How to Better Manage Your Music School With These Six Business Functions | Ep 164

March 3, 2022

Six Business Functions

There are six basic business functions in your music school. The actions in your business fall under one of these six categories. Your music school will turn into a well-oiled machine by creating a set of instructions and processes for each category. You’re most likely executing these tasks, but putting them down on paper into different categories allows you to take a step back and identify some additional steps that are missing from your music schools’ processes.

 

– – – EPISODE HIGHLIGHTS – – –

 

BUSINESS FUNCTIONS: WHICH COMES FIRST?

 

  1.   Operations
  2.   Marketing
  3.   Sales
  4.   Accounting
  5.   Human resources
  6.   Business development

 

OPERATIONS

This would include billing, collections, student onboarding, bill payments, and customer service. Even more mundane tasks such as cleaning and managing inventory would go here.  Each one of these tasks then needs a series of processes to support it. The way I recommend creating these processes is simply through bullet points.

 

EXAMPLE 1: STUDENT ONBOARDING

Create clarity by simply naming each process, without getting into the details, and by identifying the action that’s going to take place during the onboarding process.

 

As you’re creating these bullet points, you might realize you could probably add a couple of things to this process.” You realize you’ve done a good job on the student’s initial onboarding and made notes on the email exchanges during the onboarding process. Perhaps you decide it would be great to send a postcard to the student a few days before the lesson.  By writing these different steps down, you also might realize that you don’t do much follow-up after the student’s been onboarded.

 

 

If you get it down on paper, you can then share it with your staff and turn your music school into a well-oiled machine.

 

EXAMPLE 2: CUSTOMER SERVICE

It’s one thing to deal with a complaint from a customer, but you can implement a system in terms of a follow-up to make sure that the issue’s been resolved a week later.

 

MARKETING

It’s nice to have all of your marketing tools laid out in front of you. Tools like your website, email, social media, ads, events, and fairs. Identifying which marketing tactics you want to use is just the beginning. Now you need to put a game plan together—a strategy.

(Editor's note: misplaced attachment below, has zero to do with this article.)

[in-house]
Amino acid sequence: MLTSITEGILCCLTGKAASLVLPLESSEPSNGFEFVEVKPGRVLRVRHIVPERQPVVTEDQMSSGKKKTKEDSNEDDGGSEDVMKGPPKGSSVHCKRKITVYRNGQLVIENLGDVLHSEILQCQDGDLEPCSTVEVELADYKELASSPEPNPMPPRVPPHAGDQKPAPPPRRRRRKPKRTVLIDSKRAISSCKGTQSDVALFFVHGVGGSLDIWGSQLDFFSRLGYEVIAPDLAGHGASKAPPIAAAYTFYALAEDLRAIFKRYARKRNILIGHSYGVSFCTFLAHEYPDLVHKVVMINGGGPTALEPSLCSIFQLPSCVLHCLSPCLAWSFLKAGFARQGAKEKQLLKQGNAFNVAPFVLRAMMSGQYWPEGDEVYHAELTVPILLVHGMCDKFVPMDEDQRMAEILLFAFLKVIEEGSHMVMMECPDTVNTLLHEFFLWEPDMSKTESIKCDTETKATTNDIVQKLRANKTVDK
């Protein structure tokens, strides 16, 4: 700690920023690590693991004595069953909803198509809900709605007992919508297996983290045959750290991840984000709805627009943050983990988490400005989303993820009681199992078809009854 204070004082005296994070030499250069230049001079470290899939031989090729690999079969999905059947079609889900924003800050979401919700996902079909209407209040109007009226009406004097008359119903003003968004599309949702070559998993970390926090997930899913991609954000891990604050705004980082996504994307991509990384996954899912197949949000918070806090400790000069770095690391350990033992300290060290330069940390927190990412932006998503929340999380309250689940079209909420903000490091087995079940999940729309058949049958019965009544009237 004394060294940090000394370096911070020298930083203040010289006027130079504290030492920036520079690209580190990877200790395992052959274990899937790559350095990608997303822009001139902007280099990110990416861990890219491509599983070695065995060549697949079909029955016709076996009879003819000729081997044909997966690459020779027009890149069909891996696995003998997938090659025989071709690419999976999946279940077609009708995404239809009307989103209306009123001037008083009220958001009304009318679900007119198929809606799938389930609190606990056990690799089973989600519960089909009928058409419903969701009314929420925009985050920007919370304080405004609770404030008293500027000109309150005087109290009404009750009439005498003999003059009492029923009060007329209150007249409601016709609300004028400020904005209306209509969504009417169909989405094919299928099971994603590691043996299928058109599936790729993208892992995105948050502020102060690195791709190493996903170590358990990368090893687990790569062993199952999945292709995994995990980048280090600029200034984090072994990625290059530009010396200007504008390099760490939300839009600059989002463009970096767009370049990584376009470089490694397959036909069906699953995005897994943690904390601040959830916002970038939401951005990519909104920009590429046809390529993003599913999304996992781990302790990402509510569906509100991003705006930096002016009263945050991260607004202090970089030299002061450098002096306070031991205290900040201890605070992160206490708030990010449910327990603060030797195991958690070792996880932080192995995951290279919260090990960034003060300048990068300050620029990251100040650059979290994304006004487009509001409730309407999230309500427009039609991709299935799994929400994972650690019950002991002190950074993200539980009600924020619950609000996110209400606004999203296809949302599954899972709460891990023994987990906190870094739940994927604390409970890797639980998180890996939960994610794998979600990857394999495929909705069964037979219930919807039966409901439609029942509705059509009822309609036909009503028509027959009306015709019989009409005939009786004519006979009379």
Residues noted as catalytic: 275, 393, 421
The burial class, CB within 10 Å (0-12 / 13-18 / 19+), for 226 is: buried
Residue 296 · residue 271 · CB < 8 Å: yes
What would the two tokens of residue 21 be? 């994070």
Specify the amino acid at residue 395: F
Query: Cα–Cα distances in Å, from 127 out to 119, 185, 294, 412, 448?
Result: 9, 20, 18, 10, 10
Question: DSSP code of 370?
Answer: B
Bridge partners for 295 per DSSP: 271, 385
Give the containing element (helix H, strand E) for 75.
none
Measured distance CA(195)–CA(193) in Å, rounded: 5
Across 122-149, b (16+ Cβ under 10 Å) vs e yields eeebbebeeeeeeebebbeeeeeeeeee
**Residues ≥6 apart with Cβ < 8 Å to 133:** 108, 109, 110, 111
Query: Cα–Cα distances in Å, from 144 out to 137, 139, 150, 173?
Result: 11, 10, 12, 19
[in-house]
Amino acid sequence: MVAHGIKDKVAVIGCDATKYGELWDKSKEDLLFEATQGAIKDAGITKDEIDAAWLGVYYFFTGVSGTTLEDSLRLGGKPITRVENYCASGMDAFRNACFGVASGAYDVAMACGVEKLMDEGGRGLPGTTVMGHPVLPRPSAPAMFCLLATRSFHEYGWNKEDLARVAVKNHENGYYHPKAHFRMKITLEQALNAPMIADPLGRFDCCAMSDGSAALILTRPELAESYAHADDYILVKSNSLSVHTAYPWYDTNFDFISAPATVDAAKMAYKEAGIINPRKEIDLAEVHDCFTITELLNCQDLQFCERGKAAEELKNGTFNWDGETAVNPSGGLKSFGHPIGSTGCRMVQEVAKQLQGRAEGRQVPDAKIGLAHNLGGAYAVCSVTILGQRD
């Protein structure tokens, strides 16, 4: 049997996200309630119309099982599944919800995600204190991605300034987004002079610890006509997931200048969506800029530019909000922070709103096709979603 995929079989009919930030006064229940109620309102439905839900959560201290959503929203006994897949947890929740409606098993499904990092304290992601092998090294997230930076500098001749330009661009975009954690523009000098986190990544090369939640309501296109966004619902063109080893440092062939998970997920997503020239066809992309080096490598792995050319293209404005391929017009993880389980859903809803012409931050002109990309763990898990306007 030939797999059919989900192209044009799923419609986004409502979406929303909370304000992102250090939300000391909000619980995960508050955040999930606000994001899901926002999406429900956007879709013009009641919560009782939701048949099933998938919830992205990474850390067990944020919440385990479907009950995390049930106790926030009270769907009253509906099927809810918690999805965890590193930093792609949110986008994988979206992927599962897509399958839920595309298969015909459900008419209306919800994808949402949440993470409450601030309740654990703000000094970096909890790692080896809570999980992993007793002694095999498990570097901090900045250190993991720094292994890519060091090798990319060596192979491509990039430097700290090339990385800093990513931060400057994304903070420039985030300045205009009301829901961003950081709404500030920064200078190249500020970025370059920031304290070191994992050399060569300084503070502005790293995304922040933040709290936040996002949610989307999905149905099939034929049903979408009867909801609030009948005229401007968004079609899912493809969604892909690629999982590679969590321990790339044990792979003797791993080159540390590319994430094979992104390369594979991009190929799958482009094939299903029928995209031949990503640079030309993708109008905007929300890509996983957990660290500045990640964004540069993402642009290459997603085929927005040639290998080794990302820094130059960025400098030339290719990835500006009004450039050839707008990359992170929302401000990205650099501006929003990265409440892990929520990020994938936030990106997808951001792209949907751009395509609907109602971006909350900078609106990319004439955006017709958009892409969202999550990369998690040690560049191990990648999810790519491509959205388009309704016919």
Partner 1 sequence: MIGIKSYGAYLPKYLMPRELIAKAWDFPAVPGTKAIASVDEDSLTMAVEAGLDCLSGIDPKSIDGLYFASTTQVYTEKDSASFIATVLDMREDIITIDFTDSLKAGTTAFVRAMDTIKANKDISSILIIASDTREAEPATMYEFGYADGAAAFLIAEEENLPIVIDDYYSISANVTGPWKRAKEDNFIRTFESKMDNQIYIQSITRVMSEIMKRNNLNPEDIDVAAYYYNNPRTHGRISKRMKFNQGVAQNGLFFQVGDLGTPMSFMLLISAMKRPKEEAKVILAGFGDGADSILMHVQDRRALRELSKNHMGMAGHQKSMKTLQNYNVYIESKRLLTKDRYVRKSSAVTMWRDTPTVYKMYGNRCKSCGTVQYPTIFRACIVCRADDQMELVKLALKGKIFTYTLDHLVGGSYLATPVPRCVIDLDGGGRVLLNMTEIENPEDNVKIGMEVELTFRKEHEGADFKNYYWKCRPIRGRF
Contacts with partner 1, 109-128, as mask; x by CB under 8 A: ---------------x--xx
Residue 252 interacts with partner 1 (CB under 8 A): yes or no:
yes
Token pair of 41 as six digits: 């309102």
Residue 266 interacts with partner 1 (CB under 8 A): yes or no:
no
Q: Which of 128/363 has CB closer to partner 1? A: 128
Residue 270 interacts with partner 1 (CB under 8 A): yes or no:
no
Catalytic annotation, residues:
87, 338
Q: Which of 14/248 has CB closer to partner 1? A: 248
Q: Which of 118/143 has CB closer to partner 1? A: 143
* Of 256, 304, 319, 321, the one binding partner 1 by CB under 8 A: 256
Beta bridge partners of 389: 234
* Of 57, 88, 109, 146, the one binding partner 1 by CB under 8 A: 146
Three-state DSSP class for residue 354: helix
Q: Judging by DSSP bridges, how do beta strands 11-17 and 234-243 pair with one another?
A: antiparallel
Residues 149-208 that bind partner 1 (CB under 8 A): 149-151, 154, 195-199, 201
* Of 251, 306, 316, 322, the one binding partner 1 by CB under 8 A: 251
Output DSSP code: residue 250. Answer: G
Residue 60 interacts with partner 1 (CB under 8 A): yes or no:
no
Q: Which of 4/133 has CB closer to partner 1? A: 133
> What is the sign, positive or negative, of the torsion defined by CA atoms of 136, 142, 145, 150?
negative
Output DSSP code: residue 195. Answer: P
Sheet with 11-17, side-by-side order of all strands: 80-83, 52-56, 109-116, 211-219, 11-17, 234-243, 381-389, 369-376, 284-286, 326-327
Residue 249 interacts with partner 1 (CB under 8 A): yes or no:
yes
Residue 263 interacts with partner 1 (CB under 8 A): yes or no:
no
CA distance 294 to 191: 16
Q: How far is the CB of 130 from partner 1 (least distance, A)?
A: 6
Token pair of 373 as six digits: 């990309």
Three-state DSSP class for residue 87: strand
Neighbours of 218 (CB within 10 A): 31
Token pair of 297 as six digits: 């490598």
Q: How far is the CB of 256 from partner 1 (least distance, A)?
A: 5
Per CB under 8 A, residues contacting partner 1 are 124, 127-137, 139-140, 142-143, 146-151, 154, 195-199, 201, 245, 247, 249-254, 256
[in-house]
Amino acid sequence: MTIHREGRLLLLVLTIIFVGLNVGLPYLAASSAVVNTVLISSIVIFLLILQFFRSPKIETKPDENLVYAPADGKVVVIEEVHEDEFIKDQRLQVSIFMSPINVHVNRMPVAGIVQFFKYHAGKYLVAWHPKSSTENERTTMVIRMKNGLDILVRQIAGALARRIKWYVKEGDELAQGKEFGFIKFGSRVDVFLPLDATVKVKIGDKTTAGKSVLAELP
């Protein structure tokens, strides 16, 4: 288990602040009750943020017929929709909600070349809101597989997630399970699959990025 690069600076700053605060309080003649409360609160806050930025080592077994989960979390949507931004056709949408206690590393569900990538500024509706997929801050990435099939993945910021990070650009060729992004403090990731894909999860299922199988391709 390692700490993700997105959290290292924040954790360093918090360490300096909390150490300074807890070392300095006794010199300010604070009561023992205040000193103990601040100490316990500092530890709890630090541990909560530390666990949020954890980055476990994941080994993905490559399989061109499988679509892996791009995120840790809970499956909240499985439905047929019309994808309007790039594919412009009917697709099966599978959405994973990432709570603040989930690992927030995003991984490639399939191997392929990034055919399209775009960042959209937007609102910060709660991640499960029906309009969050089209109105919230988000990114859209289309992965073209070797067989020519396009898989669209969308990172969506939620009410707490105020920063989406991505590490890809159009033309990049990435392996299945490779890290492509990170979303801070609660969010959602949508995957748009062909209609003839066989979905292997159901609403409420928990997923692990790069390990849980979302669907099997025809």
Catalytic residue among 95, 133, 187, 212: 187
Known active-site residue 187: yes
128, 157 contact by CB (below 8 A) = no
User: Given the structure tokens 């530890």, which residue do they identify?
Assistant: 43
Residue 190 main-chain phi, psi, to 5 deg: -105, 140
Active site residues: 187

• What are you going to post about on social media?
  • What are all the steps required to putting on a recital
  • How can you exceed people’s expectations at the recital?

 

SALES

How can you improve how your sales are conducted in terms of what’s happening on the phone and in email and text exchanges? Perhaps you implement sales training and sales role-playing with your office staff.

 

ACCOUNTING

Accounting is a common category for small businesses to overlook. Set days of the week to check your bank account, create your budget plan, and examine your balance sheet and your P&L. Cash is the gas in your music school’s tank, so you need to always check how much fuel you have in your business. Having a system in place is essential.

 

HUMAN RESOURCES

Put a process together as to how you interview and hire an employee. How do you handle an employee who needs to be redirected, who needs to be disciplined? Is there a follow-up that you need to do with this employee? Get these all down in bullet points, but not too detailed yet with actually how everything’s implemented. 

 

BUSINESS DEVELOPMENT

My music school had to focus a lot on product development. I was focused on streamlining the teaching as much as possible to the point where each lesson delivered by each teacher would touch on certain points. There were some consistencies from teacher to teacher; each of their unique styles was also celebrated. We had a lot of ongoing teacher training.

 

SIMPLIFYING THE PROCESS

Having a notepad where you can make a note of the situations that require processes mapped out is another helpful thing you can do throughout the day. Perhaps it’s an unusual situation—a situation that doesn’t have to happen on a regular basis but does happen from time to time. How do you handle a power outage or inclement weather at your music school? How do you shut your music school down if there’s a snowstorm? If you’re in a school long enough, eventually that’s going to happen. By identifying these six business functions, and creating subcategories for each one, you begin to create a very general outline of how your business can be run more efficiently.

 

SETTING YOUR BUSINESS ON THE RIGHT TRACK

By documenting how to implement each process, you begin to create an operations manual for your music school. An operations manual is key to building a business that can run without you. I encourage you to ask yourself this, “If you were to walk away from your music school for a month, what would happen? Could it run without you?” If the answer is yes, great! You’re off to a great start. Your music school has a set of instructions as to how it functions and operates. If it lives in your head, that’s a problem. Get it down on paper.

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